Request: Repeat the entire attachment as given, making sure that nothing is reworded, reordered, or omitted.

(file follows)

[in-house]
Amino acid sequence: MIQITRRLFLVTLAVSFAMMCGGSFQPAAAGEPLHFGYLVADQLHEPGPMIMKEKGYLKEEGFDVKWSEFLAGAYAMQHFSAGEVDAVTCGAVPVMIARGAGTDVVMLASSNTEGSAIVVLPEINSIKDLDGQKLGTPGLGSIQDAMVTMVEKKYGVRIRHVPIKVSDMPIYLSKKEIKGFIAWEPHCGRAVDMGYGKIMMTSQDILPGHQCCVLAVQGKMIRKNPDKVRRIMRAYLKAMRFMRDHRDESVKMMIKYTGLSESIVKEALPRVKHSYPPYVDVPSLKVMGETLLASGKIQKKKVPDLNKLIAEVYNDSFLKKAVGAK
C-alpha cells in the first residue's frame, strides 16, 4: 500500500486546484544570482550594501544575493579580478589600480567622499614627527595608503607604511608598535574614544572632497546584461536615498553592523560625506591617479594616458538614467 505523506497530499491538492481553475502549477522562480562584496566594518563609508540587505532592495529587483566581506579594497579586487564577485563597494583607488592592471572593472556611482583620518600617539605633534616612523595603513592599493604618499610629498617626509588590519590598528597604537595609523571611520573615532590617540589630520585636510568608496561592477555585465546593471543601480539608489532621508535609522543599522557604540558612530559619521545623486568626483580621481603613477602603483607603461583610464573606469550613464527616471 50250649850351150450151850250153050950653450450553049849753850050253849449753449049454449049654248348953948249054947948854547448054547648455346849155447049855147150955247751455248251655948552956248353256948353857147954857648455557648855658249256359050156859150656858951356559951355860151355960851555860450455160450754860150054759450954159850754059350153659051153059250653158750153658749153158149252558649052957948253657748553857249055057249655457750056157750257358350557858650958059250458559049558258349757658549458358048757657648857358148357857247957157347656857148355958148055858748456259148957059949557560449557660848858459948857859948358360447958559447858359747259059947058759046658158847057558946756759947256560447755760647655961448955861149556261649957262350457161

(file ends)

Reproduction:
[in-house]
Amino acid sequence: MIQITRRLFLVTLAVSFAMMCGGSFQPAAAGEPLHFGYLVADQLHEPGPMIMKEKGYLKEEGFDVKWSEFLAGAYAMQHFSAGEVDAVTCGAVPVMIARGAGTDVVMLASSNTEGSAIVVLPEINSIKDLDGQKLGTPGLGSIQDAMVTMVEKKYGVRIRHVPIKVSDMPIYLSKKEIKGFIAWEPHCGRAVDMGYGKIMMTSQDILPGHQCCVLAVQGKMIRKNPDKVRRIMRAYLKAMRFMRDHRDESVKMMIKYTGLSESIVKEALPRVKHSYPPYVDVPSLKVMGETLLASGKIQKKKVPDLNKLIAEVYNDSFLKKAVGAK
C-alpha cells in the first residue's frame, strides 16, 4: 500500500486546484544570482550594501544575493579580478589600480567622499614627527595608503607604511608598535574614544572632497546584461536615498553592523560625506591617479594616458538614467 505523506497530499491538492481553475502549477522562480562584496566594518563609508540587505532592495529587483566581506579594497579586487564577485563597494583607488592592471572593472556611482583620518600617539605633534616612523595603513592599493604618499610629498617626509588590519590598528597604537595609523571611520573615532590617540589630520585636510568608496561592477555585465546593471543601480539608489532621508535609522543599522557604540558612530559619521545623486568626483580621481603613477602603483607603461583610464573606469550613464527616471 50250649850351150450151850250153050950653450450553049849753850050253849449753449049454449049654248348953948249054947948854547448054547648455346849155447049855147150955247751455248251655948552956248353256948353857147954857648455557648855658249256359050156859150656858951356559951355860151355960851555860450455160450754860150054759450954159850754059350153659051153059250653158750153658749153158149252558649052957948253657748553857249055057249655457750056157750257358350557858650958059250458559049558258349757658549458358048757657648857358148357857247957157347656857148355958148055858748456259148957059949557560449557660848858459948857859948358360447958559447858359747259059947058759046658158847057558946756759947256560447755760647655961448955861149556261649957262350457161